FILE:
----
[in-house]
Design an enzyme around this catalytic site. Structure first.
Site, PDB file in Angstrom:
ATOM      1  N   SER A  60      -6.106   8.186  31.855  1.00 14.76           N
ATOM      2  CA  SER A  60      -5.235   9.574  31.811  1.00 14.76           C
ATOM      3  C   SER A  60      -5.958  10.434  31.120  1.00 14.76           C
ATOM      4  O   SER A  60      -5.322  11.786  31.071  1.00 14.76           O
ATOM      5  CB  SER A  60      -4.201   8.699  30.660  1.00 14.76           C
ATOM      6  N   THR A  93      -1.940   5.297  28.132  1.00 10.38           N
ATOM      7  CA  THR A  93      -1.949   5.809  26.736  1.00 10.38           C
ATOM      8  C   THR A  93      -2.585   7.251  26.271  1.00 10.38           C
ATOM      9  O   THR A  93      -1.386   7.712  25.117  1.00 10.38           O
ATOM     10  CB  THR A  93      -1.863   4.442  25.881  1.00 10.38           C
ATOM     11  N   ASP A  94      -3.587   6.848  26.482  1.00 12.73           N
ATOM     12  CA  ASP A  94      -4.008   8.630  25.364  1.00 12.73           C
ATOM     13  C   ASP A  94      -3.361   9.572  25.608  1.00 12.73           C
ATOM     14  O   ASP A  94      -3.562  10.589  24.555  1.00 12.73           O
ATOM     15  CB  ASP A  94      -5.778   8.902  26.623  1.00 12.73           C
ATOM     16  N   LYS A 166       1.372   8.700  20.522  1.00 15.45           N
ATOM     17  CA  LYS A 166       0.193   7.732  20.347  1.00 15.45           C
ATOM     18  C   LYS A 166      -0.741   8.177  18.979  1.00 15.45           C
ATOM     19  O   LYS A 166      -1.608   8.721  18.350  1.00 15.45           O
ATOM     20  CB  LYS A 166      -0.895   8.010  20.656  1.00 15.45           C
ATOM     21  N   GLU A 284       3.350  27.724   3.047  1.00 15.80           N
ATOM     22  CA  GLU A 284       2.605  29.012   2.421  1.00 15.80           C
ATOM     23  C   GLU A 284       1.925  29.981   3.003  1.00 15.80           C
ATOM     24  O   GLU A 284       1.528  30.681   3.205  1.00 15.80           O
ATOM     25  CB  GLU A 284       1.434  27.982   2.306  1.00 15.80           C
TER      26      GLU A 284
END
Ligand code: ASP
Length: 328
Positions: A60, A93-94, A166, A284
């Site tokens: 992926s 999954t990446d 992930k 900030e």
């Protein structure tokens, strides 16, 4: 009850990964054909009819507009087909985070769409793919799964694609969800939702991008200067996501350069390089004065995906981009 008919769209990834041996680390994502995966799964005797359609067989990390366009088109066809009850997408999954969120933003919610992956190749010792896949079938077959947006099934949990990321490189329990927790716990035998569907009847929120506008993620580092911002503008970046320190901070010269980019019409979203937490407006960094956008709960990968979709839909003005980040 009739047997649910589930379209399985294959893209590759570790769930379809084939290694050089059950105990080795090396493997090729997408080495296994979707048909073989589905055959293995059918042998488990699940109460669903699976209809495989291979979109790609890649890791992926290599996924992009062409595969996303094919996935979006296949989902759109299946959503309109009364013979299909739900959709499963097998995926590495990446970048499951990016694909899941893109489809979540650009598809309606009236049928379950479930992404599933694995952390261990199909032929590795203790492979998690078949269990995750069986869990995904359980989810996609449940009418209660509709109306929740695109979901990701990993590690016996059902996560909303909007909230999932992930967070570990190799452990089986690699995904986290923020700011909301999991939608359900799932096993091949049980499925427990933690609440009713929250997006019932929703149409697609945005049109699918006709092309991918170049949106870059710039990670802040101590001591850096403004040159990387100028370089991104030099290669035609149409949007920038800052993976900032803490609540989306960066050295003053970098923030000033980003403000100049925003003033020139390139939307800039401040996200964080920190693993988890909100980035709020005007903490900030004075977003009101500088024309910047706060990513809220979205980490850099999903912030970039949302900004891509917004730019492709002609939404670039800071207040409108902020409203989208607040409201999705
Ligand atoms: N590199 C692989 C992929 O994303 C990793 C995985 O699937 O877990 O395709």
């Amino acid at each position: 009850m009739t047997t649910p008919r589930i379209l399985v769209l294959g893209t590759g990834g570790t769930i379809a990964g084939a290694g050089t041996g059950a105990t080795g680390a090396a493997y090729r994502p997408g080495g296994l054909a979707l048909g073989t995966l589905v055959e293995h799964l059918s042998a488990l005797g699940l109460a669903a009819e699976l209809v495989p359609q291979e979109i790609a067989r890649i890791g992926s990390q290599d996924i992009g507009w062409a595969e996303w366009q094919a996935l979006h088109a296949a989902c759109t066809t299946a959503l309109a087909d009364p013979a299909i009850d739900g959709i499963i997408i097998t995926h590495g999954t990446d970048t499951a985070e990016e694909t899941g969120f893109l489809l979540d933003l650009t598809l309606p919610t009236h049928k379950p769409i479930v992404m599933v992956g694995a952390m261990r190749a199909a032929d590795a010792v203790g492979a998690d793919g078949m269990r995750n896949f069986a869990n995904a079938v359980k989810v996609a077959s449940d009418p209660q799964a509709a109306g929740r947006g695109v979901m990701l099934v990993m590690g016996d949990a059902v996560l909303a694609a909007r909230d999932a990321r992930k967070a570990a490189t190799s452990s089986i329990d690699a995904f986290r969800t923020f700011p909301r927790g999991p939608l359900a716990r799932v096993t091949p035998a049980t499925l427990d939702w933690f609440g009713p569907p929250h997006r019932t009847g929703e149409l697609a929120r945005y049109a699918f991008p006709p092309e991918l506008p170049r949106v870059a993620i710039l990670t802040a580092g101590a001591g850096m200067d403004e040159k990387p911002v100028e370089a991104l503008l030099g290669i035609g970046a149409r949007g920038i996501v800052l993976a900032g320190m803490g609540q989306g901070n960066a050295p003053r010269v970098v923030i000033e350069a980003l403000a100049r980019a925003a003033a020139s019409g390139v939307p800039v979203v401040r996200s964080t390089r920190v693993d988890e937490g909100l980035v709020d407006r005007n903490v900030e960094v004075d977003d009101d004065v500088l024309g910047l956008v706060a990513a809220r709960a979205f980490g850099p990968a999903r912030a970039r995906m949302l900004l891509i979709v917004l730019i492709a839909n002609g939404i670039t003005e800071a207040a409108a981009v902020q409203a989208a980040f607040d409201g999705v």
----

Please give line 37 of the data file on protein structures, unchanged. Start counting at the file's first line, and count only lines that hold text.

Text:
């Amino acid at each position: 009850m009739t047997t649910p008919r589930i379209l399985v769209l294959g893209t590759g990834g570790t769930i379809a990964g084939a290694g050089t041996g059950a105990t080795g680390a090396a493997y090729r994502p997408g080495g296994l054909a979707l048909g073989t995966l589905v055959e293995h799964l059918s042998a488990l005797g699940l109460a669903a009819e699976l209809v495989p359609q291979e979109i790609a067989r890649i890791g992926s990390q290599d996924i992009g507009w062409a595969e996303w366009q094919a996935l979006h088109a296949a989902c759109t066809t299946a959503l309109a087909d009364p013979a299909i009850d739900g959709i499963i997408i097998t995926h590495g999954t990446d970048t499951a985070e990016e694909t899941g969120f893109l489809l979540d933003l650009t598809l309606p919610t009236h049928k379950p769409i479930v992404m599933v992956g694995a952390m261990r190749a199909a032929d590795a010792v203790g492979a998690d793919g078949m269990r995750n896949f069986a869990n995904a079938v359980k989810v996609a077959s449940d009418p209660q799964a509709a109306g929740r947006g695109v979901m990701l099934v990993m590690g016996d949990a059902v996560l909303a694609a909007r909230d999932a990321r992930k967070a570990a490189t190799s452990s089986i329990d690699a995904f986290r969800t923020f700011p909301r927790g999991p939608l359900a716990r799932v096993t091949p035998a049980t499925l427990d939702w933690f609440g009713p569907p929250h997006r019932t009847g929703e149409l697609a929120r945005y049109a699918f991008p006709p092309e991918l506008p170049r949106v870059a993620i710039l990670t802040a580092g101590a001591g850096m200067d403004e040159k990387p911002v100028e370089a991104l503008l030099g290669i035609g970046a149409r949007g920038i996501v800052l993976a900032g320190m803490g609540q989306g901070n960066a050295p003053r010269v970098v923030i000033e350069a980003l403000a100049r980019a925003a003033a020139s019409g390139v939307p800039v979203v401040r996200s964080t390089r920190v693993d988890e937490g909100l980035v709020d407006r005007n903490v900030e960094v004075d977003d009101d004065v500088l024309g910047l956008v706060a990513a809220r709960a979205f980490g850099p990968a999903r912030a970039r995906m949302l900004l891509i979709v917004l730019i492709a839909n002609g939404i670039t003005e800071a207040a409108a981009v902020q409203a989208a980040f607040d409201g999705v």